Resources on poetry by the poets themselves

Education for Leisure


Like STEALING, EDUCATION FOR LEISURE was written in the 1980s when Margaret Thatcher was Prime Minister. It was politically a time of great conflict- the Falklands War, the miner’s strike, the poll tax riots, the inner city riots, the anti-cruise missile protests at Greenham Common- and there were many cuts and changes in the health, social services and education budgets. Margaret Thatcher said, and believed, that “there is no such thing as society” and vigorously encouraged the individual pursuit of wealth. Many of the more vulnerable or underprivileged parts of society suffered educationally and economically at that time. Thatcher’s Britain is the unseen background of EDUCATION FOR LEISURE.

EDUCATION FOR LEISURE is written in the voice of a teenaged boy who has left school and is on unemployment benefit. Again, like STEALING, I do not specify in the poem that the speaker is male. This is because I was concerned to allow a voice to emerge from the poem, rather than a character. But I had a male voice in my head as I wrote the poem.

The poem was inspired by some visits I made as a poet to a run-down, underfunded comprehensive school in the East End of London. Many of the students there would leave school to face unemployment- often with few, if any, GCSEs. They would have a lot of leisure time ahead, but little education. So the title of the poem, EDUCATION FOR LEISURE, is ironic. (It may have even been a catchphrase of the time.) The speaker in the poem is attention-seeking in a quite disturbed way and has started to become destructive- ultimately, of course, self-destructive. He is bored and frustrated, but feels that there is more in him- perhaps even talent- although no-one seems to recognise this and his education has not managed to bring it out. (“I am a genius./ I could be anything...”) He might also feel that other people- teachers, adults at the benefit office, a radio disc jockey, in different ways “play God” with his life. So today he is going to take control- “today/ I am going to play God”. Unfortunately, he does not know how to be creative- Shakespeare is “in another language”, for example- or when he tries to be creative he is blocked or thwarted- (“I dial the radio/ and tell the man he’s talking to a superstar./ He cuts me off...”). And so all his energy- which could and should be creative- becomes destructive. He squashes a fly, then pours away the goldfish, considers harming the budgie or the cat, and the poem ends with him taking a knife from his family’s kitchen and going out to mug or stab someone in the street. The “glamour” of violence is something he knows from video and television. It is one way of being “famous”.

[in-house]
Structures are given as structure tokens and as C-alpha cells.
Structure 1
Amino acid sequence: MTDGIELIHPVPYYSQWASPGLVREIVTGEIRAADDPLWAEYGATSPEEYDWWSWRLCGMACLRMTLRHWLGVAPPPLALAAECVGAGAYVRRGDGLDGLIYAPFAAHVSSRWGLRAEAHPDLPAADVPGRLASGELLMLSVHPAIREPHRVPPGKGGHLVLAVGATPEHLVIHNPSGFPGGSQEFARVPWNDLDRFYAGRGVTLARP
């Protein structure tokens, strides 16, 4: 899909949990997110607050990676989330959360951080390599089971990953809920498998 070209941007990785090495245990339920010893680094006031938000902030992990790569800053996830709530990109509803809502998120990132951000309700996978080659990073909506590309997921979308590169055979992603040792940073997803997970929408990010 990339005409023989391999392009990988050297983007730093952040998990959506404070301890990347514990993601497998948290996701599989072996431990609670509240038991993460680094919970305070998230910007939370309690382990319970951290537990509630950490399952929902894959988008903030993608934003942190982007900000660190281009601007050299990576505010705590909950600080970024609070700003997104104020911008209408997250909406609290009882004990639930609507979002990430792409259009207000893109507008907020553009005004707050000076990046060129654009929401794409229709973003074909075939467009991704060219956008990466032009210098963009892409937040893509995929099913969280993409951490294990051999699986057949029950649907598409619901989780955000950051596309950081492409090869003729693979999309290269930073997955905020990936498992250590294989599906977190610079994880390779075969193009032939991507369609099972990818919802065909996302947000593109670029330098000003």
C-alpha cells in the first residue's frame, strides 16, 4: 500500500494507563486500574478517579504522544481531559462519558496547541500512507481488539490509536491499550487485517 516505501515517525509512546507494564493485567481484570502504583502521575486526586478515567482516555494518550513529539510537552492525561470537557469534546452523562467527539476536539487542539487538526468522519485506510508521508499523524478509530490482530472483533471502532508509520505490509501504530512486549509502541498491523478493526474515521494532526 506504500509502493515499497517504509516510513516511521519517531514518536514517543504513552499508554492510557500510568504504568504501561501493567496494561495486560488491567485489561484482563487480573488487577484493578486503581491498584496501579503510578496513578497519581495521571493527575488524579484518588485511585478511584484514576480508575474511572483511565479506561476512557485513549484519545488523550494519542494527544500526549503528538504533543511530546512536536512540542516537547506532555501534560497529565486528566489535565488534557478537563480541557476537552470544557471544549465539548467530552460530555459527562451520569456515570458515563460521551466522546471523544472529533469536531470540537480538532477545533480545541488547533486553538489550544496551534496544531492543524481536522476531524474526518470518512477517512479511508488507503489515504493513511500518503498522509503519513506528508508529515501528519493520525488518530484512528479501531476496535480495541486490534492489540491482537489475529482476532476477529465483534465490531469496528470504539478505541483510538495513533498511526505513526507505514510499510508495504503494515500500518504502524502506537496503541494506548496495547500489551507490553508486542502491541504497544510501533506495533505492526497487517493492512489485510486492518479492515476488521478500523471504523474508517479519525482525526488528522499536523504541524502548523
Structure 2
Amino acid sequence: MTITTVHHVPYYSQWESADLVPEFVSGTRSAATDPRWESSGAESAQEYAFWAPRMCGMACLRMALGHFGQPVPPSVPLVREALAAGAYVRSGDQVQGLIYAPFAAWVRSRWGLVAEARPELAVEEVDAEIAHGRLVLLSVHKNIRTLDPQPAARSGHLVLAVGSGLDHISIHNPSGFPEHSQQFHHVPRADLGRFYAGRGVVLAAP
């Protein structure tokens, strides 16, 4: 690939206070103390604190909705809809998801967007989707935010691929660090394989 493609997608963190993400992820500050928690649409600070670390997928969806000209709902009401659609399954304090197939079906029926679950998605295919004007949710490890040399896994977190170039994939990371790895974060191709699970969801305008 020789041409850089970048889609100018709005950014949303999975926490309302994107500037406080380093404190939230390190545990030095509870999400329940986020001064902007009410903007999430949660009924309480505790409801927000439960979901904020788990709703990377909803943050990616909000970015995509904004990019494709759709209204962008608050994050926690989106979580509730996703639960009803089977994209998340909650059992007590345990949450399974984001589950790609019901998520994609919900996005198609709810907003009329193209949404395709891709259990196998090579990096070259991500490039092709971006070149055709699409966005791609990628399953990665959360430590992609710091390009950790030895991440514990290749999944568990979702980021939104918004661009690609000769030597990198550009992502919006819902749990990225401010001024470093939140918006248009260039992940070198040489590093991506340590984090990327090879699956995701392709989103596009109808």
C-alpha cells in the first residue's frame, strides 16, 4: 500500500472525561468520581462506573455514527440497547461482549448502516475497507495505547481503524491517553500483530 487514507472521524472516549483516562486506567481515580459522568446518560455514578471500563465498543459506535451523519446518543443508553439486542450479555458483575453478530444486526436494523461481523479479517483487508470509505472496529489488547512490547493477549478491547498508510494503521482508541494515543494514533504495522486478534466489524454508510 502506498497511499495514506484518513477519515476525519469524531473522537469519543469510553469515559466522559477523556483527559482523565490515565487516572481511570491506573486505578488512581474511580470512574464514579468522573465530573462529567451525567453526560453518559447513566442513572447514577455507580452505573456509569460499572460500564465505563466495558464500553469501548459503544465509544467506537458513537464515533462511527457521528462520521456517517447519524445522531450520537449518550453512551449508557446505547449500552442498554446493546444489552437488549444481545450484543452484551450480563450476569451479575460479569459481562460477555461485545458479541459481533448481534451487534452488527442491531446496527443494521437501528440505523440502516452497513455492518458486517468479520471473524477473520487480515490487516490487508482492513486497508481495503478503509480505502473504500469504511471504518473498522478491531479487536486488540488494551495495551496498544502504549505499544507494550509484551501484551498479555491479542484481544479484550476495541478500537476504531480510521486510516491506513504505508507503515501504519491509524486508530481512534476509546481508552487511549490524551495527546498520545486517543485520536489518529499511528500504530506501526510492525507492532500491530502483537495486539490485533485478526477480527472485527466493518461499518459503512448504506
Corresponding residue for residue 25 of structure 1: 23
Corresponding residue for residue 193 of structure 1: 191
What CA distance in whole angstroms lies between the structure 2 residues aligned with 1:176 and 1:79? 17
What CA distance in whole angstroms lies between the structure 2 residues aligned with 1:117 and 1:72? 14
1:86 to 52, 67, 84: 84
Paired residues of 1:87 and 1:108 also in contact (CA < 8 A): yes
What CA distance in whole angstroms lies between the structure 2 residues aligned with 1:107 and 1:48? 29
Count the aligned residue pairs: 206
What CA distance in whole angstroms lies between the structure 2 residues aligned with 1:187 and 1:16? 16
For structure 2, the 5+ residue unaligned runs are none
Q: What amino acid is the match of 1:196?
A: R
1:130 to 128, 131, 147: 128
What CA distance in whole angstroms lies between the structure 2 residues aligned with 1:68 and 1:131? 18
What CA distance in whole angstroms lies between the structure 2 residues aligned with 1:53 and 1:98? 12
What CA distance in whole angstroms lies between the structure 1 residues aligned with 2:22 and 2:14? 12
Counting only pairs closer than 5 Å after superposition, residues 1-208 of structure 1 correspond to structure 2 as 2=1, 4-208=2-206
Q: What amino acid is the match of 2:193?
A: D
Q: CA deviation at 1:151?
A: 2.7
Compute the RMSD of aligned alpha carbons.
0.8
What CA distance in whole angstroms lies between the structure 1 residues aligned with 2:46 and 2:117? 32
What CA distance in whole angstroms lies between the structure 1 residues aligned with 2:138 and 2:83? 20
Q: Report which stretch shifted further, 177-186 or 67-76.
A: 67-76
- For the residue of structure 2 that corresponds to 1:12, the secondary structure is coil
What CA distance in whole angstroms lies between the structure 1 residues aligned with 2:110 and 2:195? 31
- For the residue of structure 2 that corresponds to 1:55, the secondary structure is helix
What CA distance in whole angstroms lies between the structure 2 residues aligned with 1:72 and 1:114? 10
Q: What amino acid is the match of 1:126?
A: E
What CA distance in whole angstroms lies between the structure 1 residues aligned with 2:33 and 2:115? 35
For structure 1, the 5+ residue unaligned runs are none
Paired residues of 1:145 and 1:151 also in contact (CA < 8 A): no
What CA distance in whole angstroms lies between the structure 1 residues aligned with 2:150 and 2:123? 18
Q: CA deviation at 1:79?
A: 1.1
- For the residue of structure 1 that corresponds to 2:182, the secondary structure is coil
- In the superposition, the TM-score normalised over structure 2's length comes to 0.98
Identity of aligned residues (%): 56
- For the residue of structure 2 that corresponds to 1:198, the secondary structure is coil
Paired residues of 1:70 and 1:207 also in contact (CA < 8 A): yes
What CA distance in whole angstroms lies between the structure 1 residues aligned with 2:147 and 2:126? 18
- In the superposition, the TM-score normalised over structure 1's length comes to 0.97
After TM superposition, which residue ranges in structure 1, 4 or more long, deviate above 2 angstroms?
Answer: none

Like STEALING, EDUCATION FOR LEISURE does not use a formal rhyme scheme or strict metre. The form of the poem has been largely dictated by the voice speaking in the poem. Like STEALING again, I have used the simple form of 5 free verses, each with 4 lines, to contain the language and rhythm of the poem. The verses are frames, or canvasses, which I use to order the energy of the voice, to control it and select from it and so make it speak more articulately than in “real life”. The lines in the poem are usually short- “I am a genius”; “The cat avoids me”-sometimes only one word long- “Anything”; “Shakespeare”. There is a jabbing quality present in some of the phrasing in the poem which anticipates the knife/mugging at the end. But there is also a gentler phrasing of some of the images which suggests the yearning for something better buried within the boy’s psyche- “a sort of grey with boredom stirring in the streets”; “I breathe out talent on the glass to write my name”. These lines also have a more regular, iambic rhythm, implying order and grace as opposed to chaos and violence.


The language in EDUCATION FOR LEISURE is direct and colloquial, sometimes using slang- “I pour the goldfish down the bog”, “signing on”, “superstar”. However, there is “another language” referred to in the poem- a more creative language found in Shakespeare or the Bible. The line “I squash a fly against the window with my thumb” vaguely reminds the boy of a forgotten Shakespeare play studied at school.(King Lear: “As flies to wanton boys are we to the Gods./They kill us for their sport.”) The line “I see that it is good” refers to Genesis. Like many people, the boy in the poem has acquired more language from Shakespeare and the Bible than he is aware of. In the poem, language is a form of life, a positive thing- the boy writes his name on the window in the steam of his own breath and dials the radio to talk about himself to the DJ. Like STEALING, EDUCATION FOR LEISURE uses the words “boredom” and “Shakespeare” and in a sense in both poems these words are opposites.